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Oil prices edge up on Kazakhstan, Libyan supply worries

Oil prices edge up on Kazakhstan, Libyan supply worries

Singapore (Reuters) – Oil prices edged up on Monday as supply disruptions in Kazakhstan and Libya offset worries stemming from the rapid global rise in Omicron infections.
Brent crude gained 16 cents, or 0.2%, at $81.91 a barrel at 04:06 GMT, while US West Texas Intermediate (WTI) crude was up 15 cents, or 0.2%, at $79.05 a barrel.
Oil prices gained 5% last week after protests in Kazakhstan disrupted train lines and hit production at the country’s top oilfield Tengiz, while a pipeline maintenance in Libya pushed production down to 729,000 barrels per day from a high of 1.3 million bpd last year.
Kazakhstan’s largest oil venture Tengizchevroil is gradually increasing production to reach normal rates at the Tengiz field after protests limited output there in recent days, operator Chevron said on Sunday.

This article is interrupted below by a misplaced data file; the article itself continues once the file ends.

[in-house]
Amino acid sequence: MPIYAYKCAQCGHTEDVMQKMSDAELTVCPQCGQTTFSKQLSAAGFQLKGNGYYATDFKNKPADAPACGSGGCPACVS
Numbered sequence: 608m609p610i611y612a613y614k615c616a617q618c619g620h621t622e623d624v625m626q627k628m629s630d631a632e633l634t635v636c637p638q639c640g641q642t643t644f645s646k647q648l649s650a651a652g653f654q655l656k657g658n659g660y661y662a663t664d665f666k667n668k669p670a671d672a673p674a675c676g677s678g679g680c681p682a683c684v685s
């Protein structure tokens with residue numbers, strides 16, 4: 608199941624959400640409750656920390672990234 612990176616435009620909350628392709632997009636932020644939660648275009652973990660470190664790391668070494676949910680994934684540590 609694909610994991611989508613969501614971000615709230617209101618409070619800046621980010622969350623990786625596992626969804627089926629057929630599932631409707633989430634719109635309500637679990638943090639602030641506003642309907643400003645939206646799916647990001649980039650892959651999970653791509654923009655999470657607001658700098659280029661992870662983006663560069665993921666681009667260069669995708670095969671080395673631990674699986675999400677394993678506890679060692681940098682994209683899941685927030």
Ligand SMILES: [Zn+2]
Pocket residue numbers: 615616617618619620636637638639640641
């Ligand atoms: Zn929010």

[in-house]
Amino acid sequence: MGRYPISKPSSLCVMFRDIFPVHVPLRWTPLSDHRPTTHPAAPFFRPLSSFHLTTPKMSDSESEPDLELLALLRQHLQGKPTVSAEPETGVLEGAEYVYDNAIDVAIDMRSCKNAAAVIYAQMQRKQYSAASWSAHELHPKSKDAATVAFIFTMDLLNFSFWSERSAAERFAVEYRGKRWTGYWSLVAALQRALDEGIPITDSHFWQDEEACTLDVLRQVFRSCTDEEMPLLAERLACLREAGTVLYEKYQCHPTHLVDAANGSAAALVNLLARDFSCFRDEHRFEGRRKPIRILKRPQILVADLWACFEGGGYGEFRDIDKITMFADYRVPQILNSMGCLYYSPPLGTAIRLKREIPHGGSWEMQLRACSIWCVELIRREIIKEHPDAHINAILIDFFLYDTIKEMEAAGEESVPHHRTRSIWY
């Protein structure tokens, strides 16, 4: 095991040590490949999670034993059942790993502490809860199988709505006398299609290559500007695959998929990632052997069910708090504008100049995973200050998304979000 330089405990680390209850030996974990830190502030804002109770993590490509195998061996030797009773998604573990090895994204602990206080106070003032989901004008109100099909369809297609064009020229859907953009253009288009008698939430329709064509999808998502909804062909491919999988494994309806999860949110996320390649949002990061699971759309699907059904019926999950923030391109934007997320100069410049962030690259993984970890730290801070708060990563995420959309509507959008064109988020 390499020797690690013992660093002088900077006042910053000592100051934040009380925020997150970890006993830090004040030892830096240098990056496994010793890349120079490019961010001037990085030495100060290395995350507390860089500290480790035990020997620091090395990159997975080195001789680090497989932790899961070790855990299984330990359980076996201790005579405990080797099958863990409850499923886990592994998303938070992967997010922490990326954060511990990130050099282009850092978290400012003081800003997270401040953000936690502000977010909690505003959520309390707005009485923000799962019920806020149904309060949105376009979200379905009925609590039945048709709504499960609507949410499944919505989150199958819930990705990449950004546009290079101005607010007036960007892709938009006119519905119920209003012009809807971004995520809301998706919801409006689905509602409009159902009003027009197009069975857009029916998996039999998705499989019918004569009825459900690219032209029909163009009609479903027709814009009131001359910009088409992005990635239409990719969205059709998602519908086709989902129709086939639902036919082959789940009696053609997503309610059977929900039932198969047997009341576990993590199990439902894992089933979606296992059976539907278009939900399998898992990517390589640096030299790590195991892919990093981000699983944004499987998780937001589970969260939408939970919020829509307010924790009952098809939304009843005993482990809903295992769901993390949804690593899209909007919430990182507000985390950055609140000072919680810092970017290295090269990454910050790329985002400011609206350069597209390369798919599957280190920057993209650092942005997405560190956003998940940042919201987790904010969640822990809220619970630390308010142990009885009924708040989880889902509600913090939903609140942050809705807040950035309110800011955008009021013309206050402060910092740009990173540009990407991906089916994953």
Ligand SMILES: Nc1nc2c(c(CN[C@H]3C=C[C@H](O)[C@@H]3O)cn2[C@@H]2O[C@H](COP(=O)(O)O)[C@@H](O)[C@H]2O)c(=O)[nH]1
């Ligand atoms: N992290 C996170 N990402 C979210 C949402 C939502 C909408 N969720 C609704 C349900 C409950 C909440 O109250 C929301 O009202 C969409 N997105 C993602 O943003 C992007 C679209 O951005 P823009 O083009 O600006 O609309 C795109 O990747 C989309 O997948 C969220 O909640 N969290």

“Growing supply outages in places like Libya and others have re-centered the spotlight on supply availability,” RBC Capital analysts said in a note.
If Russia invades Ukraine, it could disrupt Russian crude exports to Europe and push oil prices higher, the bank added.
Tens of thousands of Russian troops are gathered within reach of the border with Ukraine in preparation for what Washington and Kyiv say could be an invasion, eight years after Russia seized the Crimea peninsula from Ukraine.
Oil is also drawing support from rising global demand and lower-than-expected supply additions from the Organization of the Petroleum Exporting Countries, Russia and allies.
OPEC’s output in December rose by 70,000 bpd from the previous month, versus the 253,000 bpd increase allowed under the OPEC+ supply deal which restored output slashed in 2020 when demand collapsed under COVID-19 lockdowns.

 

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